The city’s residents gave Jeffersonville officials a little nudge Wednesday night concerning a Thunder Over Louisville rule that violated state law.
Jeffersonville Corporation Attorney Les Merkley said he received a series of emails last night informing him that the city could not prohibit people from bringing weapons, such as firearms or pocket knives, to the event, per an Indiana law passed in 2011.
Despite the law, Clarksville police officials said the town will keep its firearms ban for Thunder.
The emails to Jeffersonville officials were in response to a list of banned items at Thunder the city published, including laser pointers and open alcohol containers.
According to the state law, a municipality “may not regulate ... the ownership, possession, carrying, transportation, registration, transfer and storage of firearms.”
Merkley said the city has banned weapons from Thunder for a few years now, but this is the first year he’s had any response.
“I would think it’s because the city publicized the list and the preparations for Thunder this year more than any year,” he said.
Merkley said he was not aware there was an issue until last night, but he removed the item from the list Thursday morning to abide by state law.
“Nobody brought it up,” he said.
Officials’ oversight of the law in the last few years was a mistake, he said.
“I don’t think the Thunder committee realized that the law had changed in 2011 that basically prohibited local governments from regulating the possession of firearms,” Merkley said.
A few years ago, however, the ban of firearms was legal.
“At one time, we had an ordinance that did prohibit firearms on city property or at city events,” he said. “In 2011, that ordinance was rescinded once state legislature passed the law.”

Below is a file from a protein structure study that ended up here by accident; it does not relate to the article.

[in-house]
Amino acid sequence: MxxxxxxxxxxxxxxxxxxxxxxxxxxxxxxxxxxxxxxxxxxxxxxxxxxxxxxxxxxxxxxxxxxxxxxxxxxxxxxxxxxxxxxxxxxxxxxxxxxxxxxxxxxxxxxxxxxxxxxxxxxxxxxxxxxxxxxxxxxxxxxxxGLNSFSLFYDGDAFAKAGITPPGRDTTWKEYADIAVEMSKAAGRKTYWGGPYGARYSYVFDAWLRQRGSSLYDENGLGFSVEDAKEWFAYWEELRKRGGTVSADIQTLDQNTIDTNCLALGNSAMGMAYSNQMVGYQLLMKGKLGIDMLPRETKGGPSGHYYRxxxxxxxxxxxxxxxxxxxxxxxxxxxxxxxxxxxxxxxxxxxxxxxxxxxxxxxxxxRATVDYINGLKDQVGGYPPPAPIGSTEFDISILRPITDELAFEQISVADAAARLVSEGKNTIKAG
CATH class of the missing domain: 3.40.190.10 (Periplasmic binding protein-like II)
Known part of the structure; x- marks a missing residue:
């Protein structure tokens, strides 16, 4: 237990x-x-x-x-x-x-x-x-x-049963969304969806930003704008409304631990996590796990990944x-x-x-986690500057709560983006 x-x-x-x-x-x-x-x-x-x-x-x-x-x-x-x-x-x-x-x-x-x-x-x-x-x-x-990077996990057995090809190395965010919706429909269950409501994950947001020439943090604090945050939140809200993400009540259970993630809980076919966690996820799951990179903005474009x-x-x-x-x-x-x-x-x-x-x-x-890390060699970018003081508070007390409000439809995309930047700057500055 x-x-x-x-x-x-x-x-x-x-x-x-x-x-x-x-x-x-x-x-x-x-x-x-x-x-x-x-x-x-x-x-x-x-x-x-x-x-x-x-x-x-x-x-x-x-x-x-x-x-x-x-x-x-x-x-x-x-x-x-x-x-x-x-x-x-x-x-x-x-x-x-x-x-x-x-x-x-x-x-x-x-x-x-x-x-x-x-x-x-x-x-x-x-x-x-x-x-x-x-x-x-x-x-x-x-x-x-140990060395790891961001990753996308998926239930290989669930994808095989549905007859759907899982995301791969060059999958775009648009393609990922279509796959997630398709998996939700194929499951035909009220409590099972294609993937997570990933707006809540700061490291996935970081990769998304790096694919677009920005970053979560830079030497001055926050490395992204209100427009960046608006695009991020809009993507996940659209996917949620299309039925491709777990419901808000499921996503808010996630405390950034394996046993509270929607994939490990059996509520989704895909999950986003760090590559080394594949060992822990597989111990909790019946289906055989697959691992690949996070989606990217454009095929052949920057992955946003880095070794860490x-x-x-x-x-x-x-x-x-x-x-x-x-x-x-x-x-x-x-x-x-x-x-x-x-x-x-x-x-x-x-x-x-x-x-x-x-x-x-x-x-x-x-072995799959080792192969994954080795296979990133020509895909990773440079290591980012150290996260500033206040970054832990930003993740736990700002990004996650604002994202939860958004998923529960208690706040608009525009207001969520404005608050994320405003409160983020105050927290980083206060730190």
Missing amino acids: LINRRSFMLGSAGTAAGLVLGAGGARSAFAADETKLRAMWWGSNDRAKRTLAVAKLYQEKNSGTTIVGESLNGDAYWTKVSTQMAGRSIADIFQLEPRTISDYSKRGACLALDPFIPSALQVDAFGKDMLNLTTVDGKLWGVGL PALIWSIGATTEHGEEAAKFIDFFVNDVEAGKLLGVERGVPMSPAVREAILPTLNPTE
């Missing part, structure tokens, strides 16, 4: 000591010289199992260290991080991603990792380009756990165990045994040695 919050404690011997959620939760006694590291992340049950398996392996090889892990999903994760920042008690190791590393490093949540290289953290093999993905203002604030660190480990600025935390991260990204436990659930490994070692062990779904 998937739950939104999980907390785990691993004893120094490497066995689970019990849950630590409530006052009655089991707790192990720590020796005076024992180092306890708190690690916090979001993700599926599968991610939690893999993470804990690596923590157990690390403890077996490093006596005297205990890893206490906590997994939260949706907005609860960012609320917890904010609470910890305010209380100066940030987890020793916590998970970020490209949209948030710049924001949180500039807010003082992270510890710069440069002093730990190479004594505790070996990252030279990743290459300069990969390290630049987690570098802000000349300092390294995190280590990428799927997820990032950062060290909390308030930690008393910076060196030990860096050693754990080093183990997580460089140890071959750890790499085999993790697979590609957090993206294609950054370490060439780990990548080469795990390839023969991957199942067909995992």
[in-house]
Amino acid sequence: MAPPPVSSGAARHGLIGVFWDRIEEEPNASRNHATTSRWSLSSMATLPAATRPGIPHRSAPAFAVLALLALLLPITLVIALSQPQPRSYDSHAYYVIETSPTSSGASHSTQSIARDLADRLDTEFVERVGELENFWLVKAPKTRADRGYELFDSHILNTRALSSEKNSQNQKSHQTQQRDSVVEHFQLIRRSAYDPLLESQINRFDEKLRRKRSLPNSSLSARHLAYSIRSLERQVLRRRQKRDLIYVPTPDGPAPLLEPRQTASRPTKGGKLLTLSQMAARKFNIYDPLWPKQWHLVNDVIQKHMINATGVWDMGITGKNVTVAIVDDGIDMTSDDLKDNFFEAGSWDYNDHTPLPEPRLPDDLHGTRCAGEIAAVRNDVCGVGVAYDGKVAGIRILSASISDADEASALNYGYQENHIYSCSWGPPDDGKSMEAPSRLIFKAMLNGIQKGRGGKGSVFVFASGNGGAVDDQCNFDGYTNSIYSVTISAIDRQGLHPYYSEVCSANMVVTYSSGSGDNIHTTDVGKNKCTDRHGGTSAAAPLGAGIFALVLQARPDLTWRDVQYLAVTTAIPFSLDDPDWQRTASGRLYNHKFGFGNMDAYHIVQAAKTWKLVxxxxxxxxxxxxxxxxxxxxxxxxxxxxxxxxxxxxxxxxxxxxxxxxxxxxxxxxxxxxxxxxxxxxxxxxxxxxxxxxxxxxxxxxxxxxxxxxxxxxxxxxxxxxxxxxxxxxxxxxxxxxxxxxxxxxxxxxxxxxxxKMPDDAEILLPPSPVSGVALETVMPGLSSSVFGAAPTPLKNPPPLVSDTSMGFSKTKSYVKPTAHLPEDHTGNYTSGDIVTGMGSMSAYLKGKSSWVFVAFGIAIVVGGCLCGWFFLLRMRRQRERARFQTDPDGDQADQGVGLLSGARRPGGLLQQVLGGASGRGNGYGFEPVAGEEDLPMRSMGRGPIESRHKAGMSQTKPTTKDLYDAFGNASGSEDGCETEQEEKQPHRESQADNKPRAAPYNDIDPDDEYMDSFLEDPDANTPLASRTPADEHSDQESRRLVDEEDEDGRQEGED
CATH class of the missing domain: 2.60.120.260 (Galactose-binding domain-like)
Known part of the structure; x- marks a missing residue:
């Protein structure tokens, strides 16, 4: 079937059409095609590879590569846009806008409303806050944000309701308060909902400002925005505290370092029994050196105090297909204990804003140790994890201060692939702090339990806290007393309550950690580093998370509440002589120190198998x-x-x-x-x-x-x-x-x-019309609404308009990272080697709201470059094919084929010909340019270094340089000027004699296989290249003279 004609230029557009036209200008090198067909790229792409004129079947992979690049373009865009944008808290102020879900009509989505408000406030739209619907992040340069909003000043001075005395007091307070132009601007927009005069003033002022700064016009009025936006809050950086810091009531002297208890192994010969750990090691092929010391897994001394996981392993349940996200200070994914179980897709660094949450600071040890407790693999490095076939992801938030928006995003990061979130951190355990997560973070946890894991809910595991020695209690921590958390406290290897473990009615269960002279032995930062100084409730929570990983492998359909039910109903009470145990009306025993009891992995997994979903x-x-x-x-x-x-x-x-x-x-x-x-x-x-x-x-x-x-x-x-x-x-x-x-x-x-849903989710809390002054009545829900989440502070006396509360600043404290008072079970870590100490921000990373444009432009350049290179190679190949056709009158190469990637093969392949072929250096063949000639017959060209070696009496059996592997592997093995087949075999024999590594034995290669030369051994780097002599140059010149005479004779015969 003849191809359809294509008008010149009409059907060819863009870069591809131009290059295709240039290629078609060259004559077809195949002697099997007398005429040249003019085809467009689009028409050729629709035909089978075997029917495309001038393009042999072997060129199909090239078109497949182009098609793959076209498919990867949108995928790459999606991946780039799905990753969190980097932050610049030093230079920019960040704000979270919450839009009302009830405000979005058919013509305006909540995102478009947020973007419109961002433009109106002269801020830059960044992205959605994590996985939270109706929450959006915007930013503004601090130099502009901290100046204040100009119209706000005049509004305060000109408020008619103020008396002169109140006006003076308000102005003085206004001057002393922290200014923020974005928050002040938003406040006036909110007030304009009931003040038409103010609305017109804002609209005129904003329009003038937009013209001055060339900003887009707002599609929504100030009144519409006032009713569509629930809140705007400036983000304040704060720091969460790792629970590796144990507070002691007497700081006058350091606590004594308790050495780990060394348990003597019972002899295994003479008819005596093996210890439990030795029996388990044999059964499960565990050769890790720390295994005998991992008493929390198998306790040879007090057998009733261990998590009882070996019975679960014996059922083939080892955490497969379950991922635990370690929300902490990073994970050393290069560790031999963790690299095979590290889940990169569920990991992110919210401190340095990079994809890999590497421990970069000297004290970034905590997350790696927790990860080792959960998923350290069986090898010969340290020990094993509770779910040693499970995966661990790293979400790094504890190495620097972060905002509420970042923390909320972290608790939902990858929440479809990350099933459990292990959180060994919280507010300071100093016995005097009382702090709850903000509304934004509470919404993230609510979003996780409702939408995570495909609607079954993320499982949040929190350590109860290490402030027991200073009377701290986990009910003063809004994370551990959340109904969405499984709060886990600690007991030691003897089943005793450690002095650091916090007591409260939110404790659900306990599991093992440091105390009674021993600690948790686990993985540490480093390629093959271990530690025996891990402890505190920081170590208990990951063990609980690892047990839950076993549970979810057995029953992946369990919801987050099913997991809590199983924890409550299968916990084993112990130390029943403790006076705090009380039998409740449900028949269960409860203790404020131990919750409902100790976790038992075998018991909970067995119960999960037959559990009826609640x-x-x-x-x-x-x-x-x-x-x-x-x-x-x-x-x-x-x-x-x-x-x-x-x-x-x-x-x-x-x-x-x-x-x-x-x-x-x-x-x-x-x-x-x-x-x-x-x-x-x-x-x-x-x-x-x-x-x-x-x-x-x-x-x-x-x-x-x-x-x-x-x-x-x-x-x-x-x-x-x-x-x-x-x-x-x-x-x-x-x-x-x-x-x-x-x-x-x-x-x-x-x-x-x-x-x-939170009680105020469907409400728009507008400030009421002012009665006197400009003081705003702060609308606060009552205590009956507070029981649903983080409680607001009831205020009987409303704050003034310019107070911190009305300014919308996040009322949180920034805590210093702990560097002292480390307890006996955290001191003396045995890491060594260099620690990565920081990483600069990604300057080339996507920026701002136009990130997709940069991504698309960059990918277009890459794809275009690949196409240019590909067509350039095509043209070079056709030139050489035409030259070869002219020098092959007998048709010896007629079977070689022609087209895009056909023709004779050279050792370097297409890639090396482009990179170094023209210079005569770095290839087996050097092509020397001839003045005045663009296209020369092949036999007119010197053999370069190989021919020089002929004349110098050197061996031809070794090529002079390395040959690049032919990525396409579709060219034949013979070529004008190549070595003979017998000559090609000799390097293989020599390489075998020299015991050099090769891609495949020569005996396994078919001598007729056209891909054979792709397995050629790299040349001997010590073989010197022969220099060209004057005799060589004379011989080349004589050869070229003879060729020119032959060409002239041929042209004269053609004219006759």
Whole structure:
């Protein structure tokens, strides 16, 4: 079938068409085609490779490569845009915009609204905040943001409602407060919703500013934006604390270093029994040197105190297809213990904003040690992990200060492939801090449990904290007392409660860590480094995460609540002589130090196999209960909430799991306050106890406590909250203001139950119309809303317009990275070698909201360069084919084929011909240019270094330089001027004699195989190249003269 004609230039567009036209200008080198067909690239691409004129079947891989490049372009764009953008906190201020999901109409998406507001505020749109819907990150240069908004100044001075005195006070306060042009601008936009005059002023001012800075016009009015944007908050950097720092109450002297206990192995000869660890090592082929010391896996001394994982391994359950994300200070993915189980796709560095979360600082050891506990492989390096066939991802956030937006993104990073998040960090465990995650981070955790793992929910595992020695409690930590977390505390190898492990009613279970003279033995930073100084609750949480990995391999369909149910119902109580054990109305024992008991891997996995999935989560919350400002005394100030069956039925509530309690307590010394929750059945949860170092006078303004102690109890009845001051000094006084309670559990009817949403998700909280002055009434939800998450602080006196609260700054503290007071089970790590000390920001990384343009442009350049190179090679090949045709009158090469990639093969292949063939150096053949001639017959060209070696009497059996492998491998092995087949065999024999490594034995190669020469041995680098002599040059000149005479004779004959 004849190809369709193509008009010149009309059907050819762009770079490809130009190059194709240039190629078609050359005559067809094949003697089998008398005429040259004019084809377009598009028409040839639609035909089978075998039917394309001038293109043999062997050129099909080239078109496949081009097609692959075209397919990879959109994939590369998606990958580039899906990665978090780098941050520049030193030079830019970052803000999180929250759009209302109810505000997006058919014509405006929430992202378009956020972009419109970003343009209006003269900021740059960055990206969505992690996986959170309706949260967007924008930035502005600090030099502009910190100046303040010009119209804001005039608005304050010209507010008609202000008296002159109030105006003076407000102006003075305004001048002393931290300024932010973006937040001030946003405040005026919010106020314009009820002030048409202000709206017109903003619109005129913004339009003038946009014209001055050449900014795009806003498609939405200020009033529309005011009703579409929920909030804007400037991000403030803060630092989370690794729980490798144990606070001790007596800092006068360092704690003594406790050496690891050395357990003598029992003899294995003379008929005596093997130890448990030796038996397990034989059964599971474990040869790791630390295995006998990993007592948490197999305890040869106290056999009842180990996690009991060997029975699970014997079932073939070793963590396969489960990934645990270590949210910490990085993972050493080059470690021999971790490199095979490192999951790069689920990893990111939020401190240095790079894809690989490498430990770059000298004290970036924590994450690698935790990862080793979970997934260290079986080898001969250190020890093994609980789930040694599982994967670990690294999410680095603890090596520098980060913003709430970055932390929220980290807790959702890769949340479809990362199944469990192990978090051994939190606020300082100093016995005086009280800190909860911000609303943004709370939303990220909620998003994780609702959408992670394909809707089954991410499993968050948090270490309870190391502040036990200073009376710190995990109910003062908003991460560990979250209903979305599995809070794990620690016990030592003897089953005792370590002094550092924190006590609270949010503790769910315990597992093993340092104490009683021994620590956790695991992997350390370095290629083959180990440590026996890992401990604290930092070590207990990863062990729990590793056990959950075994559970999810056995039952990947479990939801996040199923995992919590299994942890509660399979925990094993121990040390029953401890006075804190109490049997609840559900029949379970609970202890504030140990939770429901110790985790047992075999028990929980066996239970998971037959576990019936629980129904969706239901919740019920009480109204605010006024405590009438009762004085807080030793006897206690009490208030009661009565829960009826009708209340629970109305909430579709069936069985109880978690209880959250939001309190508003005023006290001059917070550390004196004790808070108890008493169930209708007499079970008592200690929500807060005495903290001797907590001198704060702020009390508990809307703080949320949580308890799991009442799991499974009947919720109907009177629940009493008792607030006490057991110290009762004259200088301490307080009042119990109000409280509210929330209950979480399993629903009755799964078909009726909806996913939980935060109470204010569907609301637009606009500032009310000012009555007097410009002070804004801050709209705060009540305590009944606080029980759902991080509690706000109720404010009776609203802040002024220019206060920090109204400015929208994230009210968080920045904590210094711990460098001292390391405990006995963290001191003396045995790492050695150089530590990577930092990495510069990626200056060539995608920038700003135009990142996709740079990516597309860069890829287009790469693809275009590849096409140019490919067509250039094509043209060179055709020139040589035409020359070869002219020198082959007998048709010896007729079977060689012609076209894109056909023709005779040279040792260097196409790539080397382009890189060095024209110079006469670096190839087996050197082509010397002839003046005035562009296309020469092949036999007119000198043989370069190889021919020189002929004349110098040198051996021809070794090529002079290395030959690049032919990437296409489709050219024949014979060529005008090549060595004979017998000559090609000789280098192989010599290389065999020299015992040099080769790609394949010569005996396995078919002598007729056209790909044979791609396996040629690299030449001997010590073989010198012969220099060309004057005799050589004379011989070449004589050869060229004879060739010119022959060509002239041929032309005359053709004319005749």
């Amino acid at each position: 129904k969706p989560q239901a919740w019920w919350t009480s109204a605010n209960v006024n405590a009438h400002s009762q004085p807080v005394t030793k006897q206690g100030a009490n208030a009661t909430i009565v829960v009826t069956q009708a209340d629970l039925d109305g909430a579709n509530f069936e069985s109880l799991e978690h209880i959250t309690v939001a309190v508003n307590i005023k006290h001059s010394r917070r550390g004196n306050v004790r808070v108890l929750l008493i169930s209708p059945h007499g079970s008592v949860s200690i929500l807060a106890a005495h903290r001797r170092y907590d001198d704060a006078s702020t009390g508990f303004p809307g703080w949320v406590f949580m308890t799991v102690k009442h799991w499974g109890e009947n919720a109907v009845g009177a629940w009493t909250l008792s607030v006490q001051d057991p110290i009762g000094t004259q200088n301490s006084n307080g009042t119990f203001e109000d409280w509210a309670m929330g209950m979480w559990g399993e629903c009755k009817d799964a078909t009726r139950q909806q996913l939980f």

David Kirby, assistant chief for the Clarksville Police Department, said that after some research, he discovered firearms are on the list of prohibited items at the event area, beginning at Woerner Avenue and Riverside Drive, extending west along Riverside Drive and ending at the Falls of the Ohio Interpretive Center.
“We’ve never had a problem with it before,” he said, adding that he would have to check with the attorney general or public prosecutor to check if the ban goes against state law.
Kirby said though firearms is listed as a banned item — and will stay that way — it’s not something police officers are on the lookout for.
“It’s been there years past, and we’ve just never changed it,” he said.
He said that the only thing officers check is coolers to make sure people aren’t bringing in their own alcohol.
“We don’t make people open their coats up or pull their shirts up or anything like that,” he said, of searching for concealed weapons.